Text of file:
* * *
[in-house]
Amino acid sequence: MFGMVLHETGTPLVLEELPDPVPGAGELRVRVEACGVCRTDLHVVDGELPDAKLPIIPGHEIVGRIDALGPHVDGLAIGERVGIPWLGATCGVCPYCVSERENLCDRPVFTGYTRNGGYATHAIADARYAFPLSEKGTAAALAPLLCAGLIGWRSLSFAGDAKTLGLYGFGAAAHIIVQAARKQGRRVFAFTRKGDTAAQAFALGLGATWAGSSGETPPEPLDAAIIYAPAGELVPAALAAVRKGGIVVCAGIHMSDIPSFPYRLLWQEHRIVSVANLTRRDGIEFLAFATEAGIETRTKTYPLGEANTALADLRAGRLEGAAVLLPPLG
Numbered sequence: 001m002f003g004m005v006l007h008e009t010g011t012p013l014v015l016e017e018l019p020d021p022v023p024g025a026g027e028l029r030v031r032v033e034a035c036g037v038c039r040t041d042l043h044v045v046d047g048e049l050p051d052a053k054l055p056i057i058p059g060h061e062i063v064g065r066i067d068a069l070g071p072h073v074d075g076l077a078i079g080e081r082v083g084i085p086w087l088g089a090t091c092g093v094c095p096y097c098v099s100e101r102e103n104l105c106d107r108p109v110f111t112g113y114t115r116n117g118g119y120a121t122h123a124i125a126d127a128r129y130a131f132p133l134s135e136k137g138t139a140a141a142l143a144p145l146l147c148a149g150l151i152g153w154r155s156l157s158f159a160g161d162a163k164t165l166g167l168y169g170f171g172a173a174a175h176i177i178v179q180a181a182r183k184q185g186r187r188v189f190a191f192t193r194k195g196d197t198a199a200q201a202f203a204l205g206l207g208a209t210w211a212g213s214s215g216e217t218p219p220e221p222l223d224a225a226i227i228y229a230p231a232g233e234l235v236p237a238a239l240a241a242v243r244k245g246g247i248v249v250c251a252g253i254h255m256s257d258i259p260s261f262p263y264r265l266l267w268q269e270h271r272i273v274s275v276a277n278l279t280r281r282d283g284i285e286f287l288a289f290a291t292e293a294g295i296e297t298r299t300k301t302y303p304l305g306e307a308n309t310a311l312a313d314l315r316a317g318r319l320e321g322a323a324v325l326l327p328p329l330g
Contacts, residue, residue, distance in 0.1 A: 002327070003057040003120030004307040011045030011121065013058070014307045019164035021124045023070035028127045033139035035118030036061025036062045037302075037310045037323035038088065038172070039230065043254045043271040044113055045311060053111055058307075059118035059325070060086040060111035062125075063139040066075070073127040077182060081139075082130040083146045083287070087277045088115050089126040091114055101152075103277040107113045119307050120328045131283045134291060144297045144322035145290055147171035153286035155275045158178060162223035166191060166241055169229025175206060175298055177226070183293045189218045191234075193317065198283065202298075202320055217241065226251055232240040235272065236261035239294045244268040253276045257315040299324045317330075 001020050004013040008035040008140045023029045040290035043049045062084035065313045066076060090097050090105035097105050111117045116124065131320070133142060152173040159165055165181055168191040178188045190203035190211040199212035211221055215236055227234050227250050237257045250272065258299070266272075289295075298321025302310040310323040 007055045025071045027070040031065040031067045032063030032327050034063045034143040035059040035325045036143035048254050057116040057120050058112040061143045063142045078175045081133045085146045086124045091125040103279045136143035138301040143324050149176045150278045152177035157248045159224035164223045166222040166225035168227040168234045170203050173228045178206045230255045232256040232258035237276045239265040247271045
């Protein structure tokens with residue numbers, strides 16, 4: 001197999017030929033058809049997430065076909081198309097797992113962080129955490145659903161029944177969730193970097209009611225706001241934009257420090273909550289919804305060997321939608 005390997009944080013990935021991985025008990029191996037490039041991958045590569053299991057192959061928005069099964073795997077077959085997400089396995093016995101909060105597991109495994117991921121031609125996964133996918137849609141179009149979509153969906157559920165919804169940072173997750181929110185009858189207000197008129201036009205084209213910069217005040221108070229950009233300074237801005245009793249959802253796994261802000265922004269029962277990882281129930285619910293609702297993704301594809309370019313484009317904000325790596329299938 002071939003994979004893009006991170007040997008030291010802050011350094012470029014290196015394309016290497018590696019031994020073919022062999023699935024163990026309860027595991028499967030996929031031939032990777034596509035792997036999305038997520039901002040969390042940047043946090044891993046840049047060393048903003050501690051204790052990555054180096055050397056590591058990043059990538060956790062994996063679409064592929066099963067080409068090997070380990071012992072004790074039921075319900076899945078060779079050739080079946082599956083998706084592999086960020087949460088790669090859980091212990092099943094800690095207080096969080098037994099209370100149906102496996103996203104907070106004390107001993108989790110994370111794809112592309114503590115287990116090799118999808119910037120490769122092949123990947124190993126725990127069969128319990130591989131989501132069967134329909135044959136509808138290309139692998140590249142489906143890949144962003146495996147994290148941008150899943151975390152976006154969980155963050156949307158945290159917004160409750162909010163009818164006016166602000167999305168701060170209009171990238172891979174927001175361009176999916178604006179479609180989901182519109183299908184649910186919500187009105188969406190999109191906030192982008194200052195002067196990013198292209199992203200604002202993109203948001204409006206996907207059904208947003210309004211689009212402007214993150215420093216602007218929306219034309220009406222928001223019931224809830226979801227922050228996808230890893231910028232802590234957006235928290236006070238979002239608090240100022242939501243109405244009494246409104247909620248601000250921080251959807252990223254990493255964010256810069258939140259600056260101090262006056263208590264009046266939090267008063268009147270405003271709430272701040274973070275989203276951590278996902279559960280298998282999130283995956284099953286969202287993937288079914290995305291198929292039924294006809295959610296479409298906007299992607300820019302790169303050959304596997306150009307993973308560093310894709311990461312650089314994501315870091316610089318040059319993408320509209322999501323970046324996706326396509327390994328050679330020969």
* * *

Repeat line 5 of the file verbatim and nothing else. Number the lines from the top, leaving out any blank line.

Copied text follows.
């Protein structure tokens with residue numbers, strides 16, 4: 001197999017030929033058809049997430065076909081198309097797992113962080129955490145659903161029944177969730193970097209009611225706001241934009257420090273909550289919804305060997321939608 005390997009944080013990935021991985025008990029191996037490039041991958045590569053299991057192959061928005069099964073795997077077959085997400089396995093016995101909060105597991109495994117991921121031609125996964133996918137849609141179009149979509153969906157559920165919804169940072173997750181929110185009858189207000197008129201036009205084209213910069217005040221108070229950009233300074237801005245009793249959802253796994261802000265922004269029962277990882281129930285619910293609702297993704301594809309370019313484009317904000325790596329299938 002071939003994979004893009006991170007040997008030291010802050011350094012470029014290196015394309016290497018590696019031994020073919022062999023699935024163990026309860027595991028499967030996929031031939032990777034596509035792997036999305038997520039901002040969390042940047043946090044891993046840049047060393048903003050501690051204790052990555054180096055050397056590591058990043059990538060956790062994996063679409064592929066099963067080409068090997070380990071012992072004790074039921075319900076899945078060779079050739080079946082599956083998706084592999086960020087949460088790669090859980091212990092099943094800690095207080096969080098037994099209370100149906102496996103996203104907070106004390107001993108989790110994370111794809112592309114503590115287990116090799118999808119910037120490769122092949123990947124190993126725990127069969128319990130591989131989501132069967134329909135044959136509808138290309139692998140590249142489906143890949144962003146495996147994290148941008150899943151975390152976006154969980155963050156949307158945290159917004160409750162909010163009818164006016166602000167999305168701060170209009171990238172891979174927001175361009176999916178604006179479609180989901182519109183299908184649910186919500187009105188969406190999109191906030192982008194200052195002067196990013198292209199992203200604002202993109203948001204409006206996907207059904208947003210309004211689009212402007214993150215420093216602007218929306219034309220009406222928001223019931224809830226979801227922050228996808230890893231910028232802590234957006235928290236006070238979002239608090240100022242939501243109405244009494246409104247909620248601000250921080251959807252990223254990493255964010256810069258939140259600056260101090262006056263208590264009046266939090267008063268009147270405003271709430272701040274973070275989203276951590278996902279559960280298998282999130283995956284099953286969202287993937288079914290995305291198929292039924294006809295959610296479409298906007299992607300820019302790169303050959304596997306150009307993973308560093310894709311990461312650089314994501315870091316610089318040059319993408320509209322999501323970046324996706326396509327390994328050679330020969």